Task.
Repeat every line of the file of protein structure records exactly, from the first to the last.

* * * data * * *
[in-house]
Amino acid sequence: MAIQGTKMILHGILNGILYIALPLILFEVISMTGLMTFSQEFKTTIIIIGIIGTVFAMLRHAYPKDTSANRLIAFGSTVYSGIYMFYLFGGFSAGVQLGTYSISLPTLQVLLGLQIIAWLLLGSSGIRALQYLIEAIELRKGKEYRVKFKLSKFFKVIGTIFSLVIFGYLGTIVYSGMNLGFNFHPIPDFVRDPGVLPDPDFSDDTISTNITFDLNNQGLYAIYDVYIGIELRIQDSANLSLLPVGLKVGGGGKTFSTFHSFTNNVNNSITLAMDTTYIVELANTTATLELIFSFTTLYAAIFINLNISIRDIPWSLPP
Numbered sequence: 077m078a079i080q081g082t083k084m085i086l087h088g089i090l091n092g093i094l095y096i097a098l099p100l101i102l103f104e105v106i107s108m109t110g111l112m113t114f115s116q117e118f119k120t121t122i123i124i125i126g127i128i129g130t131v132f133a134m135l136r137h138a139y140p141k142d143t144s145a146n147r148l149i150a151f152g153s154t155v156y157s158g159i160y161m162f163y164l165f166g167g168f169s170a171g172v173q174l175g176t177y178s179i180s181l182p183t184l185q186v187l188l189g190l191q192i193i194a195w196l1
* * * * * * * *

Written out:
[in-house]
Amino acid sequence: MAIQGTKMILHGILNGILYIALPLILFEVISMTGLMTFSQEFKTTIIIIGIIGTVFAMLRHAYPKDTSANRLIAFGSTVYSGIYMFYLFGGFSAGVQLGTYSISLPTLQVLLGLQIIAWLLLGSSGIRALQYLIEAIELRKGKEYRVKFKLSKFFKVIGTIFSLVIFGYLGTIVYSGMNLGFNFHPIPDFVRDPGVLPDPDFSDDTISTNITFDLNNQGLYAIYDVYIGIELRIQDSANLSLLPVGLKVGGGGKTFSTFHSFTNNVNNSITLAMDTTYIVELANTTATLELIFSFTTLYAAIFINLNISIRDIPWSLPP
Numbered sequence: 077m078a079i080q081g082t083k084m085i086l087h088g089i090l091n092g093i094l095y096i097a098l099p100l101i102l103f104e105v106i107s108m109t110g111l112m113t114f115s116q117e118f119k120t121t122i123i124i125i126g127i128i129g130t131v132f133a134m135l136r137h138a139y140p141k142d143t144s145a146n147r148l149i150a151f152g153s154t155v156y157s158g159i160y161m162f163y164l165f166g167g168f169s170a171g172v173q174l175g176t177y178s179i180s181l182p183t184l185q186v187l188l189g190l191q192i193i194a195w196l1